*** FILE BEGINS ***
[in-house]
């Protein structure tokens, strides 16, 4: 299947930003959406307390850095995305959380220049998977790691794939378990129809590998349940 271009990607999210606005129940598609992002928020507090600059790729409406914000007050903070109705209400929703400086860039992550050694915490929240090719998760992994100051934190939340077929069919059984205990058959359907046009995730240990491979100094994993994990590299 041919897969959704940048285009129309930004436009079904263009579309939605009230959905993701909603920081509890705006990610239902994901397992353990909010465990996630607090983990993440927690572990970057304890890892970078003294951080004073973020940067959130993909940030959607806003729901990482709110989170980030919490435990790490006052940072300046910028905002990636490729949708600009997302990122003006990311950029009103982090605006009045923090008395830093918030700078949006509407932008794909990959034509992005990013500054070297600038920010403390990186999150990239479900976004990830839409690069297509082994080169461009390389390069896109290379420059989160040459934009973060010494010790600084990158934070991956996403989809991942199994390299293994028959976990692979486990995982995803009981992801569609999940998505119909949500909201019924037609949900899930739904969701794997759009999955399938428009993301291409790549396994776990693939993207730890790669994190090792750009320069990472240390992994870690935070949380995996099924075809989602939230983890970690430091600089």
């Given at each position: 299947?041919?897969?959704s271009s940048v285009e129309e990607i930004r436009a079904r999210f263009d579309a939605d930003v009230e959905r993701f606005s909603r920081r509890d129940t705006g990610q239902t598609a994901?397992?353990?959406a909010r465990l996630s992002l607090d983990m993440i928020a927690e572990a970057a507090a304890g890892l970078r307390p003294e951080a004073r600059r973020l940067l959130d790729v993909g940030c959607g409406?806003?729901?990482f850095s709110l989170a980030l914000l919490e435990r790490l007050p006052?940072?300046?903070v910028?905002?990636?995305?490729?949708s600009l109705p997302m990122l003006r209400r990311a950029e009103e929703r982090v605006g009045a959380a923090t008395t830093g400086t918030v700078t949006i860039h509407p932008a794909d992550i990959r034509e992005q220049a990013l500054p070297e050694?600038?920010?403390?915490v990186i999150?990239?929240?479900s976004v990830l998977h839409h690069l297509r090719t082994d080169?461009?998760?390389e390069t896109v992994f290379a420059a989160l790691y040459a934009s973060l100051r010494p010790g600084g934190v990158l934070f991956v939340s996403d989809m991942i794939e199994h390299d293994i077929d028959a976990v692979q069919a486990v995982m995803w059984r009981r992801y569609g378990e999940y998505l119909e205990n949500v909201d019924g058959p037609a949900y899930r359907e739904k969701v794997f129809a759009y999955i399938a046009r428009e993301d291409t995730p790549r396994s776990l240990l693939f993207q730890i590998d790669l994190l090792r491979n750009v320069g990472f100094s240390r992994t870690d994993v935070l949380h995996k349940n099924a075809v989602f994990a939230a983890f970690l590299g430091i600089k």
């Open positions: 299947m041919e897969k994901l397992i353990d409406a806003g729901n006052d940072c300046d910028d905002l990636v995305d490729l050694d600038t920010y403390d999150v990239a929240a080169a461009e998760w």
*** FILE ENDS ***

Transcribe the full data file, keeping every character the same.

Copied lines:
[in-house]
């Protein structure tokens, strides 16, 4: 299947930003959406307390850095995305959380220049998977790691794939378990129809590998349940 271009990607999210606005129940598609992002928020507090600059790729409406914000007050903070109705209400929703400086860039992550050694915490929240090719998760992994100051934190939340077929069919059984205990058959359907046009995730240990491979100094994993994990590299 041919897969959704940048285009129309930004436009079904263009579309939605009230959905993701909603920081509890705006990610239902994901397992353990909010465990996630607090983990993440927690572990970057304890890892970078003294951080004073973020940067959130993909940030959607806003729901990482709110989170980030919490435990790490006052940072300046910028905002990636490729949708600009997302990122003006990311950029009103982090605006009045923090008395830093918030700078949006509407932008794909990959034509992005990013500054070297600038920010403390990186999150990239479900976004990830839409690069297509082994080169461009390389390069896109290379420059989160040459934009973060010494010790600084990158934070991956996403989809991942199994390299293994028959976990692979486990995982995803009981992801569609999940998505119909949500909201019924037609949900899930739904969701794997759009999955399938428009993301291409790549396994776990693939993207730890790669994190090792750009320069990472240390992994870690935070949380995996099924075809989602939230983890970690430091600089």
């Given at each position: 299947?041919?897969?959704s271009s940048v285009e129309e990607i930004r436009a079904r999210f263009d579309a939605d930003v009230e959905r993701f606005s909603r920081r509890d129940t705006g990610q239902t598609a994901?397992?353990?959406a909010r465990l996630s992002l607090d983990m993440i928020a927690e572990a970057a507090a304890g890892l970078r307390p003294e951080a004073r600059r973020l940067l959130d790729v993909g940030c959607g409406?806003?729901?990482f850095s709110l989170a980030l914000l919490e435990r790490l007050p006052?940072?300046?903070v910028?905002?990636?995305?490729?949708s600009l109705p997302m990122l003006r209400r990311a950029e009103e929703r982090v605006g009045a959380a923090t008395t830093g400086t918030v700078t949006i860039h509407p932008a794909d992550i990959r034509e992005q220049a990013l500054p070297e050694?600038?920010?403390?915490v990186i999150?990239?929240?479900s976004v990830l998977h839409h690069l297509r090719t082994d080169?461009?998760?390389e390069t896109v992994f290379a420059a989160l790691y040459a934009s973060l100051r010494p010790g600084g934190v990158l934070f991956v939340s996403d989809m991942i794939e199994h390299d293994i077929d028959a976990v692979q069919a486990v995982m995803w059984r009981r992801y569609g378990e999940y998505l119909e205990n949500v909201d019924g058959p037609a949900y899930r359907e739904k969701v794997f129809a759009y999955i399938a046009r428009e993301d291409t995730p790549r396994s776990l240990l693939f993207q730890i590998d790669l994190l090792r491979n750009v320069g990472f100094s240390r992994t870690d994993v935070l949380h995996k349940n099924a075809v989602f994990a939230a983890f970690l590299g430091i600089k």
């Open positions: 299947m041919e897969k994901l397992i353990d409406a806003g729901n006052d940072c300046d910028d905002l990636v995305d490729l050694d600038t920010y403390d999150v990239a929240a080169a461009e998760w």